Hi! Stephan Seiler Drums plays through the Rockschool Drums Debut track “My Name Is” from Eminem
Passing the Exam
To successfully pass this grade, the student needs to be familiar with all of the above (see ‘Things to Cover in This Grade’), and more importantly, feel comfortable with all of the technical aspects before they can even think about entering an exam room. Using RSL books in conjunction with the above will help the student achieve a solid pass; however, they must feel comfortable, and that is your job as the teacher to get them to that level. Judging their ability to feel calm enough to perform whilst being watched by someone new is something that shouldn’t be ignored. Remember, this doesn’t, and shouldn’t, be something to fear. But, that means ensuring that every box is ticked, including mental prep before the big day.
The student must enjoy the song to play it well, and as a teacher, you should actively encourage your students to listen to the grade songs and choose four songs (3 for the exam and 1 spare) which they can identify with in some way. Never force a song onto a student if they don’t connect with it of any level.
Encouraging Personal Discovery
I’ll ask a question. Are you sure your way, is the right way? All students will have their quirks; and all players and educators will have them too! If you are teaching a technique, ensure that you’ve done your research on that specific technique, and identify any potential gaps in your approach. As educators, we must remember to expand our own knowledge over time. There is always something you don’t know that could improve you as a teacher, and in turn, the experiences of your students.
REPLAY! RSL’s interactive sheet music player gives you the ability to jam along with your favourite Rockschool performance pieces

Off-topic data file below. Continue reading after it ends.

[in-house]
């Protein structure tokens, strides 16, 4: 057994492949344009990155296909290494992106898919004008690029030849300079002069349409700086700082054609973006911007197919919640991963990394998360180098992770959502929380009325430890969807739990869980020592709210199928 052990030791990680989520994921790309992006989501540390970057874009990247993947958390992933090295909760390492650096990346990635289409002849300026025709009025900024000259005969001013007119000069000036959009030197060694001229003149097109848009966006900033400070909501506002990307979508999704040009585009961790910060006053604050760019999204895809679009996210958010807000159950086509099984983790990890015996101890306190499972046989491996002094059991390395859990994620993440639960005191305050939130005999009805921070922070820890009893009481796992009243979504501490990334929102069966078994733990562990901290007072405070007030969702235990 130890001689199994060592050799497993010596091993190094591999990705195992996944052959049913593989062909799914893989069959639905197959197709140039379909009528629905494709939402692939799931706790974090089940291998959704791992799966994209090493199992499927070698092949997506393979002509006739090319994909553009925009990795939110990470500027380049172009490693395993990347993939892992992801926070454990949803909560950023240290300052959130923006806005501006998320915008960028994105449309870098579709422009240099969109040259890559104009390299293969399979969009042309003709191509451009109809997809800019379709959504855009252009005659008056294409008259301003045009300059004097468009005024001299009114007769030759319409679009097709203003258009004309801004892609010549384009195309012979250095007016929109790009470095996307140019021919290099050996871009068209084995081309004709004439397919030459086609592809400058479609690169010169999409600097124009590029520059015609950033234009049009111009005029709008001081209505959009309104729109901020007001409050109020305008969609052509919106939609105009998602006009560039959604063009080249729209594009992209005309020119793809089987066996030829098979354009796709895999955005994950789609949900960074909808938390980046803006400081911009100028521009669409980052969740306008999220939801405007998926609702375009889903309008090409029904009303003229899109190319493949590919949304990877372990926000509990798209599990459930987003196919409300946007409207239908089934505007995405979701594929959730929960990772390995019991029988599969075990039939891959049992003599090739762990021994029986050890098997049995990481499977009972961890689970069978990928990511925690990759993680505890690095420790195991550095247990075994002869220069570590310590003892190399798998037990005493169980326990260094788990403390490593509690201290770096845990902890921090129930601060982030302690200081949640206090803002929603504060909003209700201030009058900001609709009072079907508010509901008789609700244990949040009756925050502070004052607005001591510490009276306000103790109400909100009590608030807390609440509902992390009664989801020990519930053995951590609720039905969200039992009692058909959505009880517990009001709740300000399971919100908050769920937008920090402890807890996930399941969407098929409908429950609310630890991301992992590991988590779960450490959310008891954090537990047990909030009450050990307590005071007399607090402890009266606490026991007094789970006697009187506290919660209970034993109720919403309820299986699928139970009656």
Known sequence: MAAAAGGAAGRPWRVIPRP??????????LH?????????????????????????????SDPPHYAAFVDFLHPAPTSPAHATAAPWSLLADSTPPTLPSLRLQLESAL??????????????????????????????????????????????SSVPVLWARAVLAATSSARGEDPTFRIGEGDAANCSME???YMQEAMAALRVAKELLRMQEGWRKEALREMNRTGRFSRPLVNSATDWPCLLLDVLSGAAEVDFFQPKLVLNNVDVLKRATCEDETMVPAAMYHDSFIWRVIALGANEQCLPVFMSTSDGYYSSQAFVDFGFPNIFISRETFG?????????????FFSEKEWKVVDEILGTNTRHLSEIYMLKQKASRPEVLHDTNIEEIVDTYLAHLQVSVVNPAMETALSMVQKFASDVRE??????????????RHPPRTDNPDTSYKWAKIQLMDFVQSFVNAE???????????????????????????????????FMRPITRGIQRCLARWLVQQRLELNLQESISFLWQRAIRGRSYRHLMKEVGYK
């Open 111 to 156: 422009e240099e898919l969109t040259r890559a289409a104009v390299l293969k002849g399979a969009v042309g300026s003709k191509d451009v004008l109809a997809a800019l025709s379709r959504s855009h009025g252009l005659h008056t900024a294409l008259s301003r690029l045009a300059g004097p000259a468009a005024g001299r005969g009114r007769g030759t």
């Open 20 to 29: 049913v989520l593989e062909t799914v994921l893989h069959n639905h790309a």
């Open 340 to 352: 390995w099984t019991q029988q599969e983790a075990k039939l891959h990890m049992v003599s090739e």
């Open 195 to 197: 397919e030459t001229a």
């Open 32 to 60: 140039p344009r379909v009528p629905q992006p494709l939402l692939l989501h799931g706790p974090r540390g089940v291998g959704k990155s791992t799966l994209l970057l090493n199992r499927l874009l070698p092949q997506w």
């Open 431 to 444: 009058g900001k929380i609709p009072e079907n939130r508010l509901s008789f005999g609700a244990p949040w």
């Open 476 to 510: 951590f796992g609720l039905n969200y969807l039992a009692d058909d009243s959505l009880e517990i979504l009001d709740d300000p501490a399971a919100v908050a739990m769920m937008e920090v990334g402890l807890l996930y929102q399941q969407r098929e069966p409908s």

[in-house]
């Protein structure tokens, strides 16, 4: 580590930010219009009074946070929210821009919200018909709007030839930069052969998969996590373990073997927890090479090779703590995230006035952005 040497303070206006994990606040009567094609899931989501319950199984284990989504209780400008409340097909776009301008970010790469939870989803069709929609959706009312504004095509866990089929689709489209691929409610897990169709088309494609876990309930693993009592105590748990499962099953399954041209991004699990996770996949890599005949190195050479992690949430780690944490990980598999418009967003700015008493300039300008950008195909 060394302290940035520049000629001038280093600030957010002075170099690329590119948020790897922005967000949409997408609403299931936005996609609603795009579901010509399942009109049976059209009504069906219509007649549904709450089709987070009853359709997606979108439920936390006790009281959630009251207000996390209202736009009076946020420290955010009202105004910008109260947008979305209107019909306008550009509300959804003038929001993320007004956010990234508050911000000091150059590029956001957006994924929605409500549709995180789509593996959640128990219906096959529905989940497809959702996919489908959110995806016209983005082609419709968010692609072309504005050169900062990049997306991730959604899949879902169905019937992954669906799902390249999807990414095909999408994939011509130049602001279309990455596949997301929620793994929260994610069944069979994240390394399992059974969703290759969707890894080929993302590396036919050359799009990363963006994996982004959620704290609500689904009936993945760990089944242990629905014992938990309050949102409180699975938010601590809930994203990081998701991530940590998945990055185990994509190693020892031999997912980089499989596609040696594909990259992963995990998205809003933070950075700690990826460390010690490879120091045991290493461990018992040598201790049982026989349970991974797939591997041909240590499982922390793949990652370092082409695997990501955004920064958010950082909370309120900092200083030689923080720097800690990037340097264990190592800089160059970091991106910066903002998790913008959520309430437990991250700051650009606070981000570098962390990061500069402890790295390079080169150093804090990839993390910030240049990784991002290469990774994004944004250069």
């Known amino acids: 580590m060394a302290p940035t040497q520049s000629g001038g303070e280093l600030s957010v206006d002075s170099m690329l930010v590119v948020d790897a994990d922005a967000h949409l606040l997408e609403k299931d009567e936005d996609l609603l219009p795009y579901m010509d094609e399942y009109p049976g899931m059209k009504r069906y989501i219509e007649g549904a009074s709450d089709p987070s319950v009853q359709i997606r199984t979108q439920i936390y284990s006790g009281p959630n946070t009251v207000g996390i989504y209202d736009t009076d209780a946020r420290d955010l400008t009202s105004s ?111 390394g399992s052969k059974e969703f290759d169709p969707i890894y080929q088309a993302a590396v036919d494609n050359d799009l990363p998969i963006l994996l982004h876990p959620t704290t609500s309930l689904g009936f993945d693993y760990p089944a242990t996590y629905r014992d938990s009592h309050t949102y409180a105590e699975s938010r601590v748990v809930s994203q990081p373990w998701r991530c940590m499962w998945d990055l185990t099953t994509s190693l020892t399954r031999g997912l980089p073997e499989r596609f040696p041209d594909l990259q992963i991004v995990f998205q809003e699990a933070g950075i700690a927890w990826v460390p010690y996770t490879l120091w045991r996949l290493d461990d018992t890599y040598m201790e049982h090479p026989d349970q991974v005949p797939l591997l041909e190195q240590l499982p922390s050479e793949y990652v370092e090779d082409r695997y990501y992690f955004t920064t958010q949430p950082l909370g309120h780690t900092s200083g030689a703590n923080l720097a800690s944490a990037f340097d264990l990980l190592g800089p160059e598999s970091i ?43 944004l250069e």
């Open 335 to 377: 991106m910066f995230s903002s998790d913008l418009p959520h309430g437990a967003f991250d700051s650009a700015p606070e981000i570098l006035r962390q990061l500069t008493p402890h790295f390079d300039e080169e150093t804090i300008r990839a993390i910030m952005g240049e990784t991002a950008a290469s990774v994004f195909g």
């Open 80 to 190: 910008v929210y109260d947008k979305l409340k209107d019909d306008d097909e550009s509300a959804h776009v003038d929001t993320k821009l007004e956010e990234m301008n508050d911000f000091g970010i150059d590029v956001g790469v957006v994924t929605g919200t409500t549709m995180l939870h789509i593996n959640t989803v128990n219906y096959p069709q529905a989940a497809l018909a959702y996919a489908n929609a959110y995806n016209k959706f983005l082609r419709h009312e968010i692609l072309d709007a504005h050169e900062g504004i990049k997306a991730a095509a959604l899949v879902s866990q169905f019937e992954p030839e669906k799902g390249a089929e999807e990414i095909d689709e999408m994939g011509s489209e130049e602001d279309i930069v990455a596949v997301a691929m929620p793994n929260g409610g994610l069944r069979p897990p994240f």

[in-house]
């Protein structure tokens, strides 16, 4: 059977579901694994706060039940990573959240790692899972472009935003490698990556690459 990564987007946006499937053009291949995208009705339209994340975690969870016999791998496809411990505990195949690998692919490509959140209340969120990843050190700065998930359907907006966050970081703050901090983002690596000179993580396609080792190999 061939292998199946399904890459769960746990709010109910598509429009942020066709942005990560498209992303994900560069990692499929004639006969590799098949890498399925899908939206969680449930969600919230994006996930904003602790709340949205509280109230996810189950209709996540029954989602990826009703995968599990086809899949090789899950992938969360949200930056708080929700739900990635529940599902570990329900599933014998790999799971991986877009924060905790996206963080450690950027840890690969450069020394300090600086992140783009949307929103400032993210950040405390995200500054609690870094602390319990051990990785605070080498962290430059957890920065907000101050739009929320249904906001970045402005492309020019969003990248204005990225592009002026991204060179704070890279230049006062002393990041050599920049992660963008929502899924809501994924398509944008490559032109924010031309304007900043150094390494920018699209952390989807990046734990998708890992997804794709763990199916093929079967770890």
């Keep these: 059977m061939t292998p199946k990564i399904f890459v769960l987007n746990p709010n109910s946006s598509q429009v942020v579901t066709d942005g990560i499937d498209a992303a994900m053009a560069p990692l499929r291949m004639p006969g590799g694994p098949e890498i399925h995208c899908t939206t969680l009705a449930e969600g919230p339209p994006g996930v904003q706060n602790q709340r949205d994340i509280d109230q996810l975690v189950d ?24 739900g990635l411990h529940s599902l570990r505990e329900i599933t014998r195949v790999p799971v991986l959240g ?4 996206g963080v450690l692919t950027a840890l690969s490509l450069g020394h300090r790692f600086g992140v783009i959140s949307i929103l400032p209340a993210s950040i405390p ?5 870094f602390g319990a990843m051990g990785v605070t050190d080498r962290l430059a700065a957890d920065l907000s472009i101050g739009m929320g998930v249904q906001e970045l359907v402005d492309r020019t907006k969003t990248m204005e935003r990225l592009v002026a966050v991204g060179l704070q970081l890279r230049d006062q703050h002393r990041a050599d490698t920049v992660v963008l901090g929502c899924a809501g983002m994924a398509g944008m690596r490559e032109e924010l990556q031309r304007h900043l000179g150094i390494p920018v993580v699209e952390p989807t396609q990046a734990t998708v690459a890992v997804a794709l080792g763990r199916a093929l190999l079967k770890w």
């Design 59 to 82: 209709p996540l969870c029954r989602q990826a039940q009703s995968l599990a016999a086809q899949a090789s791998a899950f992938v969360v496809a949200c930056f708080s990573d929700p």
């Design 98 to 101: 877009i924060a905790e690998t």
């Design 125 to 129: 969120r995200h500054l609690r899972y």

Take stick grip, for example. Let’s take the ‘German Grip’: I have seen so many different variants of this grip, and I know I have changed my own approach over time to match my ergonomic style. Thanks to training from guys like Paul Elliott (Rockschool composer, educator and session player) and Gabor Dornyei, I have learned how to hold the sticks correctly, while adjusting to my own bodies specific dynamics. I do not teach my German Grip technique; I teach my guided version of the method, or more importantly, the correct technique, which should provide the best platform for a young player to grow and learn effectively.
Slow-Mo: Drummer, Stephen Taylor‘s ‘German Grip’ video breaks the technique down
Good advice and correct technique training should explain to the student the right way of completing the technique, but that it’s also ok to change certain aspects of it to match their body style. Never teach an idiosyncrasy specific to you, but create an open forum where they can decide what works for them over time.
About the Author:
Michael Hutchinson is a drummer, educator, and music psychologist from the North East of England. He runs Triple-T Drumming school of drums and has been teaching privately for 12 years. He is currently researching drumming from a psychological point of view studying with Sheffield University, music psychology in education performance and wellbeing and his main interest is drumming and its effects on working memory.